1. Don't Nag - A good visit rarely starts out when a parent walks through the door, already complaining about how little they see you and soliciting more visits on a more frequent schedule.  When that is one of the only two topics you can seem to really discuss for more than five minutes the entire visit, your daughter usually, quite truthfully, will want to spend even less time with you.  When the other topic is a constant, one-sided discussion of a family matter that your daughter has put to rest for her own health and sanity, but you just can't seem let it go, you shouldn't expect favorable results.  You're 95% likely to not change her mind.
  2. Don't Keep Score - There is little more irritating to a daughter than when a parent attempts to keep score on how much time her family spends with her in-laws, other relatives, friends, and basically anyone who isn't you.  That type of behavior is likely to result in stunted conversations with information withheld, because your daughter won't wish to tell you with whom she has been spending time.  If you don't want her to like other people more than you, don't make a competition out of how much time she spends, where, and with whom.  She's going to gravitate more toward the people who just enjoy her company and vice versa.
  3. Don't Rearrange, Redecorate, Replace, or Reclean -  Sure, you may think the sofa would look better at the other end of the room, that picture should be replaced with the one you brought, or (and this actually happened to a friend once) you use a better laundry detergent.  That doesn't mean that your daughter will agree. She and (if married or cohabitating) her significant other have probably spent a great deal of time and discussion on furniture arrangements, decorations, and most likely like their laundry detergent and fabric softener.  If your daughter has missed a spot in cleaning, don't pick up a paper towel and do it right.  That's just insulting.
  4. Don't Constantly Give Unwanted Advice or Criticize- Face it.  You've done your job as a parent.  Your child is grown up.  She has a home of her own, possibly children of her own.  She has put down roots.  If she needs and wants advice from you, she'll ask for it.  If no one's limbs are hanging by a thread, everyone seems well fed, clothed, cleaned, and disease free, she probably neither wants nor needs to be told not to stick her fingers in a fan.  You covered that thirty years ago, and she'll cover it with her own kids.  Also, your daughter's house may be a mess when you're there.  She may not iron her family's clothes the way you would, or wear her hair the way you would prefer.  If your daughter and her family are fine with the way things are, and they aren't hoarders or nasty, it's really not your place to say otherwise anymore.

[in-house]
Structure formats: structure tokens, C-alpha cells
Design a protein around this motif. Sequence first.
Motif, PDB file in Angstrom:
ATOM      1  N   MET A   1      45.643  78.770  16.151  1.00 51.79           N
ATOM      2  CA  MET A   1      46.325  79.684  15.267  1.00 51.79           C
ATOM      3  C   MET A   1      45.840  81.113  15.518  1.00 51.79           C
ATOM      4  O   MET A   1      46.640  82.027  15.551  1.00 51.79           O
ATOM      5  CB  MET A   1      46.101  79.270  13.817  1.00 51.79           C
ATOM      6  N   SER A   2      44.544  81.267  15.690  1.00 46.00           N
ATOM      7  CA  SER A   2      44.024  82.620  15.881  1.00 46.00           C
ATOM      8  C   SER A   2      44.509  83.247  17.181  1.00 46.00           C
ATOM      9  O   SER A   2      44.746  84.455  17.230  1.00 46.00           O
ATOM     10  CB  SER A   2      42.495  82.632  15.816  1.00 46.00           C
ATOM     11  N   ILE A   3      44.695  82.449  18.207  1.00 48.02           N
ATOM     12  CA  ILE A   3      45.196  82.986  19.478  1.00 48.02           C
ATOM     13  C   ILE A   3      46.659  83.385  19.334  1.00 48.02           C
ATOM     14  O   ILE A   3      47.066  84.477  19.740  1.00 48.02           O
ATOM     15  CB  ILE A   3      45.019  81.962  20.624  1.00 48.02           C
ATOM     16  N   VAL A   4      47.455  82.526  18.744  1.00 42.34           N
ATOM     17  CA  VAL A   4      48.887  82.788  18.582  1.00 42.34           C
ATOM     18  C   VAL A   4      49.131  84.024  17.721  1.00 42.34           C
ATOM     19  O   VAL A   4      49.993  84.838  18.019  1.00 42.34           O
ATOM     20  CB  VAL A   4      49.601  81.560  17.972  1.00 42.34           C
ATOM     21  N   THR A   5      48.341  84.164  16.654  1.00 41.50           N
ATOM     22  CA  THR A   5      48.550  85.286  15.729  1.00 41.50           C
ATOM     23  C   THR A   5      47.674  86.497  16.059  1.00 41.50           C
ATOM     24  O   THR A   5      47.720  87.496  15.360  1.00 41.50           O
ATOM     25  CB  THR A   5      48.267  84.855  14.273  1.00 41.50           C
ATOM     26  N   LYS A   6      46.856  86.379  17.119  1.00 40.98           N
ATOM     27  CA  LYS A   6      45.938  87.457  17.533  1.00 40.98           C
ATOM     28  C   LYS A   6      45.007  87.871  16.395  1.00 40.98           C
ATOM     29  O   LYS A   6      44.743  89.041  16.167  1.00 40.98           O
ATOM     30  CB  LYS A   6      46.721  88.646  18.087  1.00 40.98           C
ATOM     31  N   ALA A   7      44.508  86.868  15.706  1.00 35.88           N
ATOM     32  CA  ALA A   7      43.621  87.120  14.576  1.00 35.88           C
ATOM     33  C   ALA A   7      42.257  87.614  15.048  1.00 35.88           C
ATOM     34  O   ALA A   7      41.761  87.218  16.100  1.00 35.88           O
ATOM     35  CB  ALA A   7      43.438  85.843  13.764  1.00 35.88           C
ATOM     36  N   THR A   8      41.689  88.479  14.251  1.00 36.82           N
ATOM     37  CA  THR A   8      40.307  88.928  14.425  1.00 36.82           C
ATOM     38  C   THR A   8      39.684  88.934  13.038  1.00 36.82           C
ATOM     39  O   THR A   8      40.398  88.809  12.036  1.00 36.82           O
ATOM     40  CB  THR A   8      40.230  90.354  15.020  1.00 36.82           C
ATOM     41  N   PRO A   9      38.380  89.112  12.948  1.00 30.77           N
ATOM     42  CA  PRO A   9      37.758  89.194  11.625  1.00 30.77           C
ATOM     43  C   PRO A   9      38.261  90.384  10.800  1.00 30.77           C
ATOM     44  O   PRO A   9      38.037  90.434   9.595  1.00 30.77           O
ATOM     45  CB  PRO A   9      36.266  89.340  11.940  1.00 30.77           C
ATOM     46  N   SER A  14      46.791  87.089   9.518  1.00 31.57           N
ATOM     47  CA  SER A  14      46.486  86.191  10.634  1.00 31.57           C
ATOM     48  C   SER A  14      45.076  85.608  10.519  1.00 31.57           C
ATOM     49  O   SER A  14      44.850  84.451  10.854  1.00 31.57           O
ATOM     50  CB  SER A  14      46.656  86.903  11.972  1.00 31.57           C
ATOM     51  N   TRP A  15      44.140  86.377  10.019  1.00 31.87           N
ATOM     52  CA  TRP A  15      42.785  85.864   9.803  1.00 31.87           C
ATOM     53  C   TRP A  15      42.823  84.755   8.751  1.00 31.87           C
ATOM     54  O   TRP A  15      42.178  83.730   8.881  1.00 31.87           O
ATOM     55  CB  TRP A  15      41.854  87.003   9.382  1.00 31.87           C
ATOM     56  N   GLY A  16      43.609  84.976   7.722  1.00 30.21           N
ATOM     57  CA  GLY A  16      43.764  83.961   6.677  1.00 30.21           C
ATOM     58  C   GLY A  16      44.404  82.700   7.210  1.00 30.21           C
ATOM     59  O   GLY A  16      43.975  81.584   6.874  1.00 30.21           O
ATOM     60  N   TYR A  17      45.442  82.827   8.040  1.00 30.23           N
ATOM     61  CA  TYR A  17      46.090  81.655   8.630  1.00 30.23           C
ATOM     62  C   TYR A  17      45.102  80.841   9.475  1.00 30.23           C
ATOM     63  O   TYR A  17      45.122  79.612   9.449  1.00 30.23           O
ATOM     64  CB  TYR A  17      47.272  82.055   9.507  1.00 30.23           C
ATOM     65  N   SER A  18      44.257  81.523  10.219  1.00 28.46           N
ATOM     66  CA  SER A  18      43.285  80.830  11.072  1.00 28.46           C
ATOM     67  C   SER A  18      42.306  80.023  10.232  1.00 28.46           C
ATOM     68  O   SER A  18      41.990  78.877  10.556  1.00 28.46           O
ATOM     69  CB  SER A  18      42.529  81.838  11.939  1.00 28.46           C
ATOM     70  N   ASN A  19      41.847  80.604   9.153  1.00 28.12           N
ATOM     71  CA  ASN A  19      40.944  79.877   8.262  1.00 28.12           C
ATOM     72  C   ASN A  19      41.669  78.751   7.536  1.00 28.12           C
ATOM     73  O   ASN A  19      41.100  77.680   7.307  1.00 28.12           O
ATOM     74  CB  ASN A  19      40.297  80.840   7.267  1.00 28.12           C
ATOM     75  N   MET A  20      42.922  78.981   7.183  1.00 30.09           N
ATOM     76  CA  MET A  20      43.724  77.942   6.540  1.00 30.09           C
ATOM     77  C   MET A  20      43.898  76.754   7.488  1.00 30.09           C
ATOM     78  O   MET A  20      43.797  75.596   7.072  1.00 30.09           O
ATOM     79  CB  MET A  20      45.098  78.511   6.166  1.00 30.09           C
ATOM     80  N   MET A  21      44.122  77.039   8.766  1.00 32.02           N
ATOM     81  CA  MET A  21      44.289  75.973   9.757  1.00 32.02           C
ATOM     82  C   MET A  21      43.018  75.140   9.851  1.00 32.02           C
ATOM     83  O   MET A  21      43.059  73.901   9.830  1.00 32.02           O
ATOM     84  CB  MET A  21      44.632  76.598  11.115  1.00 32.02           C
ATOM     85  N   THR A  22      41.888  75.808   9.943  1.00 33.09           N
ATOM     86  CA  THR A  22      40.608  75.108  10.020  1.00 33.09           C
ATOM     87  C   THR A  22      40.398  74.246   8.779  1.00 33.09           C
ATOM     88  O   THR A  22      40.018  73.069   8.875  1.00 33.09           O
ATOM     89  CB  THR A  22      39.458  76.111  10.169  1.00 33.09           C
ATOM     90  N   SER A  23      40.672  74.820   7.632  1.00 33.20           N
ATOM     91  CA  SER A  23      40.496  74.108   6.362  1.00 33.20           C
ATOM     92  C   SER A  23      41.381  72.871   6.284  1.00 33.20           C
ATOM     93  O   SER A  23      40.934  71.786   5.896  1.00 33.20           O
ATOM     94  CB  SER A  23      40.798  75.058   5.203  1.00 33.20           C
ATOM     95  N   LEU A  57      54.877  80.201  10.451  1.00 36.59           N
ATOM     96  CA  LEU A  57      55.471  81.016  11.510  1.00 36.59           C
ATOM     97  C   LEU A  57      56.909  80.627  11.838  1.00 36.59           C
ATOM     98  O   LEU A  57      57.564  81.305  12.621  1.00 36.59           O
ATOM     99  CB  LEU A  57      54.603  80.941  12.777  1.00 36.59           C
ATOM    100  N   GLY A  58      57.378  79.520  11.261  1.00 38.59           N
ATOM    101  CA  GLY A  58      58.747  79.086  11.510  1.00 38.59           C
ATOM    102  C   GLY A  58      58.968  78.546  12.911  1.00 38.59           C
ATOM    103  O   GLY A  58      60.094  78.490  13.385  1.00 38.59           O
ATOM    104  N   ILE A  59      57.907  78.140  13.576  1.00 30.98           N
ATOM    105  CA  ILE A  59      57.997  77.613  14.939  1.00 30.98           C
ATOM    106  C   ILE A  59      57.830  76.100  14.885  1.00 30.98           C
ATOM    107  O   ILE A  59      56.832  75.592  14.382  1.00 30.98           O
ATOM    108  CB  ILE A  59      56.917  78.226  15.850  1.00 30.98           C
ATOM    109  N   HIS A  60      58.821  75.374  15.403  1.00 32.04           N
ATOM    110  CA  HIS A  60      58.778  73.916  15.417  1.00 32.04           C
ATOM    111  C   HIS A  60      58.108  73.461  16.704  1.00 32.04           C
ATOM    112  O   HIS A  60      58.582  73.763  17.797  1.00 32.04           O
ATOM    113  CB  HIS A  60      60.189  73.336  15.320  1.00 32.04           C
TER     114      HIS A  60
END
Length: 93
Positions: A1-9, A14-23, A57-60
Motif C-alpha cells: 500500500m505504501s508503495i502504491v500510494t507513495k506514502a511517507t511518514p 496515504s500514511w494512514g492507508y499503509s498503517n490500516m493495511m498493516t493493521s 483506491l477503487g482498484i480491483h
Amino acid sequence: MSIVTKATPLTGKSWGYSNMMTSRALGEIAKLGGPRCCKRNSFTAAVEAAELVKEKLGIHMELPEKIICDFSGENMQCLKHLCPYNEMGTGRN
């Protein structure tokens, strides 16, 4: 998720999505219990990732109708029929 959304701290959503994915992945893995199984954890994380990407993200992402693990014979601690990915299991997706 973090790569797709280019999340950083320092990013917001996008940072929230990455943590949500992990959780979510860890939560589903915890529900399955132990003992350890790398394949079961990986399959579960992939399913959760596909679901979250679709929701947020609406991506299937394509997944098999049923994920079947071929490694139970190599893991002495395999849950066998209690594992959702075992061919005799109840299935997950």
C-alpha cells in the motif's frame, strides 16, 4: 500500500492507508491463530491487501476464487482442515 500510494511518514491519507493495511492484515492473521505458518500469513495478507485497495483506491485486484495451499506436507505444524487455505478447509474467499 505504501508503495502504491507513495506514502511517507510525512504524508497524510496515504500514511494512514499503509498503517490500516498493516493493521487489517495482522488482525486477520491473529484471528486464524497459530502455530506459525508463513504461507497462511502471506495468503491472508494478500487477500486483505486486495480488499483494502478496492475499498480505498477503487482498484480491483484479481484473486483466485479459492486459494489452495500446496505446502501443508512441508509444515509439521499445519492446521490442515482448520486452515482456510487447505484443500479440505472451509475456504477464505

5. Don't Look For Problems Where They Don't Exist Or Try To Invent Them - It's never easy realizing that your children no longer need you in the same capacity that they did for all of their growing up years.  Back then, you were their hero and often saved the day whenever there was a problem.  Fast forward to today.  Your daughter doesn't need you in that capacity most days of her life.  Please don't go looking and poking around for problems in order to save her day and be needed.  Especially don't invent problems.  Sit down and just relax.  Be happy that your daughter is stable enough to take care of herself.
  6. Be An Adult - You're no longer the big kahuna in your daughter's life.  She doesn't always do everything your way.  That also means that possibly you have to endure things not being done the way you like it when you're invited to spend time with her.  Don't spend the entire visit sulking, because things are different than how you want them.  You spent years teaching her to not act like a spoiled brat, don't start acting that way yourself now that she's grown.
  7. Don't Use Guilt As a Weapon To Get Your Way - Guilt, if you watch television, is supposed to be a mother's weapon to get children to do what she wants.  In reality it is a weak, lame, and hurtful attempt at getting your way.  You may get what you want for a while, but you're also planting the seeds for resentment and eventually a skin so thick that empathy of any sort for you disappears.
  8. Be Gracious and Remember - Your daughter has a life of her own and probably a job of some sort.  She has a home and family all her own.  She has friends and schedules to keep up with.  I'm not suggesting you bow down with graciousness if she deems to spend time with you, but I am suggesting that you make yourself aware that she's taking time out of her life to spend with you.  Daughters don't always have time to drop everything and spend a day shopping or just running around for a day.  Most have about fifteen things they could be doing while they're spending time with you, and if they don't do them they don't get done.  Whereas you may have more free time than you know what to do with now, your daughter is probably in the busiest, most hectic phase of her life.  Time is precious and don't make her regret spending some of it with you.  You were her parent for the years she needed a parent.  Now is the time finally to try to just be her friend.